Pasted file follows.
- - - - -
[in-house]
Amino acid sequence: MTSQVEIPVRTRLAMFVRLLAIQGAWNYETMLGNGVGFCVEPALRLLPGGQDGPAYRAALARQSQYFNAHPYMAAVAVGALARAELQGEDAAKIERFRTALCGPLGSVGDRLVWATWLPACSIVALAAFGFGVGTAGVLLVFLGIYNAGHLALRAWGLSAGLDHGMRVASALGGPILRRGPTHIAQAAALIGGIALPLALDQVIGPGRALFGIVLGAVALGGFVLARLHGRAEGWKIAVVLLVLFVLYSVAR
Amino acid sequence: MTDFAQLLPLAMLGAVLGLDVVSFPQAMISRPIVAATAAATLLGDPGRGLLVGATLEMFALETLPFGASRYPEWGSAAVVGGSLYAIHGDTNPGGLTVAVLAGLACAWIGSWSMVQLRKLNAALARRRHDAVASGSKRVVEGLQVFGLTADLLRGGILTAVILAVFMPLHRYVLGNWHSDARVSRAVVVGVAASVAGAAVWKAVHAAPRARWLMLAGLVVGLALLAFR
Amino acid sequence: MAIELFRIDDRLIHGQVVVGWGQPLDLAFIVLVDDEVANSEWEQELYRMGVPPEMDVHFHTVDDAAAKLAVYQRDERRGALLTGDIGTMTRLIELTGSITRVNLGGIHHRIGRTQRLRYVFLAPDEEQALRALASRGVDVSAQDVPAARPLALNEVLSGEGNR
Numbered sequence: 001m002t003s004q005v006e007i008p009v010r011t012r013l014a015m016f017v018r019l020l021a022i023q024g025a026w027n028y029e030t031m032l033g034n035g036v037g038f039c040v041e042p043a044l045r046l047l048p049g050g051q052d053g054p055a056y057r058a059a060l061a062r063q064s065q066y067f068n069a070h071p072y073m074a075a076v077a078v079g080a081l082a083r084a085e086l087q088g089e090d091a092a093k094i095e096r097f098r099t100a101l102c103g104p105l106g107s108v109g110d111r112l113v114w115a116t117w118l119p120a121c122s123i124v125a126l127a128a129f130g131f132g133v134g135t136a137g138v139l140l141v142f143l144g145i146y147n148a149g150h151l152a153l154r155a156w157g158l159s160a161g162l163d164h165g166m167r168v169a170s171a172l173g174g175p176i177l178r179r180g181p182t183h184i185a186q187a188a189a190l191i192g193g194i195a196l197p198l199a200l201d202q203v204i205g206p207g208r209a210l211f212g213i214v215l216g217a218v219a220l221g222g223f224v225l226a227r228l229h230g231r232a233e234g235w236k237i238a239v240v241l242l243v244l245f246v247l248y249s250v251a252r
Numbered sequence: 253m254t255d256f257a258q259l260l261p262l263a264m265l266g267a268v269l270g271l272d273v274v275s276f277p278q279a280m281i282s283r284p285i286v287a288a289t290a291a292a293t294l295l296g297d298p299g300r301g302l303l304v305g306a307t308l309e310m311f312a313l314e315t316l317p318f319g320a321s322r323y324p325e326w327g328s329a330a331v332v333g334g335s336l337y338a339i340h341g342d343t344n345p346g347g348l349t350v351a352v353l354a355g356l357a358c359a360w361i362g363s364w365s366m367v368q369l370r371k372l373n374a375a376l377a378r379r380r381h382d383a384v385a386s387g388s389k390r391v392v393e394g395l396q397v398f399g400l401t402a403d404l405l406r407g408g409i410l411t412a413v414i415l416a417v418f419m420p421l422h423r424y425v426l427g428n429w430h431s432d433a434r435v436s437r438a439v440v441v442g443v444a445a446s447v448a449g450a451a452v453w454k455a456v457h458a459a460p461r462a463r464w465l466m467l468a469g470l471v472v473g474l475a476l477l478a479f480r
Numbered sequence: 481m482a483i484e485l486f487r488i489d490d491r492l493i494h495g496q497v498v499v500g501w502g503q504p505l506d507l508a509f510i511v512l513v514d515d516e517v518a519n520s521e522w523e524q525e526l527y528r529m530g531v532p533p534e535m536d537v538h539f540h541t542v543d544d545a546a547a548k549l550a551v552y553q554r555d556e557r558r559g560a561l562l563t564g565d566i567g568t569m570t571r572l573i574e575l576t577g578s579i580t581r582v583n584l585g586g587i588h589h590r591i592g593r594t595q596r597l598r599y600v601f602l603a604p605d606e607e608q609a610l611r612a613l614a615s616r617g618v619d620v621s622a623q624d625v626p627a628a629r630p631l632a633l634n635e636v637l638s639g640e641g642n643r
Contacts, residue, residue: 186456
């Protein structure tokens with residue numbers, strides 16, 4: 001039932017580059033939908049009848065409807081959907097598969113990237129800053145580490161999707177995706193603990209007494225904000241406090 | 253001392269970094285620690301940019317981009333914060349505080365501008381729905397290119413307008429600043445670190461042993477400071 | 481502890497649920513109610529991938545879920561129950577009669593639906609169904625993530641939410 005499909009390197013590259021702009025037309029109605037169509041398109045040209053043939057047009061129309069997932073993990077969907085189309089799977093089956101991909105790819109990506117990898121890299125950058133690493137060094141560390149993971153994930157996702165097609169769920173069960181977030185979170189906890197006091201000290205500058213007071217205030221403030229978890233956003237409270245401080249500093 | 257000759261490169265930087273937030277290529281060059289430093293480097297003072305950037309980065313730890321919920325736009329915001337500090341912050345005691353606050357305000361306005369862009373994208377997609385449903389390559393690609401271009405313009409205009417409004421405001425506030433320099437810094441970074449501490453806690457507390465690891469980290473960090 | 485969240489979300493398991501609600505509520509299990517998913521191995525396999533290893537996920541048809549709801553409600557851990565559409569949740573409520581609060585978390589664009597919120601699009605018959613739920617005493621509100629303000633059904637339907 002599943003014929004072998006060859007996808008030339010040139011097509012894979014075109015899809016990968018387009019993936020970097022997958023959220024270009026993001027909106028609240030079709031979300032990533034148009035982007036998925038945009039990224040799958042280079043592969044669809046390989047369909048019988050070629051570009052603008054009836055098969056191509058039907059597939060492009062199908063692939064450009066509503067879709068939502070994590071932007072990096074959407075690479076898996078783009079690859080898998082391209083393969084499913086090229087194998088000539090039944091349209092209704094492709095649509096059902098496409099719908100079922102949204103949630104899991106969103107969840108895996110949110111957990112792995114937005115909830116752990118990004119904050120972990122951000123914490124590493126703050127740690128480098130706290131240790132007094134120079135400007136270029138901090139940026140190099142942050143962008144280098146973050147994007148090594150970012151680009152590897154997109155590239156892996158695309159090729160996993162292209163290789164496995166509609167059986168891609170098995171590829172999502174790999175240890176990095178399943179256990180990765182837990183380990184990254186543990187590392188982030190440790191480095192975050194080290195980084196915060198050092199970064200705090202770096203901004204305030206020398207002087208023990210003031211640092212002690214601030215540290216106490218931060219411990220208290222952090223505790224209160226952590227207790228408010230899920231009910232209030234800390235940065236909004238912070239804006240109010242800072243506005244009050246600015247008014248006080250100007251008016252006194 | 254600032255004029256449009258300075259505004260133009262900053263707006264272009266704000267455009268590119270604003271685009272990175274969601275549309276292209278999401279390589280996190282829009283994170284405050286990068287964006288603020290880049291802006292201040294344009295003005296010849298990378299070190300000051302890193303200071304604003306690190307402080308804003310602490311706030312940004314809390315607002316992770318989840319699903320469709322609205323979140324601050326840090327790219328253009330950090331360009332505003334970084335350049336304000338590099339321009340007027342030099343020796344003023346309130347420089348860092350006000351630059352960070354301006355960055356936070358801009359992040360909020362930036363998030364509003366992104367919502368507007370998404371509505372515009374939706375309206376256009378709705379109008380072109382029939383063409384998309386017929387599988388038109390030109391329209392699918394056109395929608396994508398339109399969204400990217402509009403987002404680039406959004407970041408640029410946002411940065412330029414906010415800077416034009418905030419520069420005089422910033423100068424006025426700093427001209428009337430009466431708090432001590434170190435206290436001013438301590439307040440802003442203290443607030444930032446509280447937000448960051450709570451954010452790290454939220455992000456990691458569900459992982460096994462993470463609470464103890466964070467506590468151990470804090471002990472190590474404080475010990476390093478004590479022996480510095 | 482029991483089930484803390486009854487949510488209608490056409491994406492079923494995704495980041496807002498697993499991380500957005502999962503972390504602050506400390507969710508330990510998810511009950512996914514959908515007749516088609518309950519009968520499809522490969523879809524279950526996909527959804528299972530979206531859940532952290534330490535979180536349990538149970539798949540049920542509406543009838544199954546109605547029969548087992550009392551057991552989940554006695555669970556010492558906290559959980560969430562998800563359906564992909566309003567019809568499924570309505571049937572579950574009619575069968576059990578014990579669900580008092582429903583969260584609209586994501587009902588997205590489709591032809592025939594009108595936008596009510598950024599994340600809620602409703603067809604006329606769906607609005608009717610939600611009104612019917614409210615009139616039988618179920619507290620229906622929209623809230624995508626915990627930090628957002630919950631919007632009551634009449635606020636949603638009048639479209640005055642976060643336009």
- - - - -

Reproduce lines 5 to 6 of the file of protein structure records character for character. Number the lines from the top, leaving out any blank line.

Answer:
Numbered sequence: 001m002t003s004q005v006e007i008p009v010r011t012r013l014a015m016f017v018r019l020l021a022i023q024g025a026w027n028y029e030t031m032l033g034n035g036v037g038f039c040v041e042p043a044l045r046l047l048p049g050g051q052d053g054p055a056y057r058a059a060l061a062r063q064s065q066y067f068n069a070h071p072y073m074a075a076v077a078v079g080a081l082a083r084a085e086l087q088g089e090d091a092a093k094i095e096r097f098r099t100a101l102c103g104p105l106g107s108v109g110d111r112l113v114w115a116t117w118l119p120a121c122s123i124v125a126l127a128a129f130g131f132g133v134g135t136a137g138v139l140l141v142f143l144g145i146y147n148a149g150h151l152a153l154r155a156w157g158l159s160a161g162l163d164h165g166m167r168v169a170s171a172l173g174g175p176i177l178r179r180g181p182t183h184i185a186q187a188a189a190l191i192g193g194i195a196l197p198l199a200l201d202q203v204i205g206p207g208r209a210l211f212g213i214v215l216g217a218v219a220l221g222g223f224v225l226a227r228l229h230g231r232a233e234g235w236k237i238a239v240v241l242l243v244l245f246v247l248y249s250v251a252r
Numbered sequence: 253m254t255d256f257a258q259l260l261p262l263a264m265l266g267a268v269l270g271l272d273v274v275s276f277p278q279a280m281i282s283r284p285i286v287a288a289t290a291a292a293t294l295l296g297d298p299g300r301g302l303l304v305g306a307t308l309e310m311f312a313l314e315t316l317p318f319g320a321s322r323y324p325e326w327g328s329a330a331v332v333g334g335s336l337y338a339i340h341g342d343t344n345p346g347g348l349t350v351a352v353l354a355g356l357a358c359a360w361i362g363s364w365s366m367v368q369l370r371k372l373n374a375a376l377a378r379r380r381h382d383a384v385a386s387g388s389k390r391v392v393e394g395l396q397v398f399g400l401t402a403d404l405l406r407g408g409i410l411t412a413v414i415l416a417v418f419m420p421l422h423r424y425v426l427g428n429w430h431s432d433a434r435v436s437r438a439v440v441v442g443v444a445a446s447v448a449g450a451a452v453w454k455a456v457h458a459a460p461r462a463r464w465l466m467l468a469g470l471v472v473g474l475a476l477l478a479f480r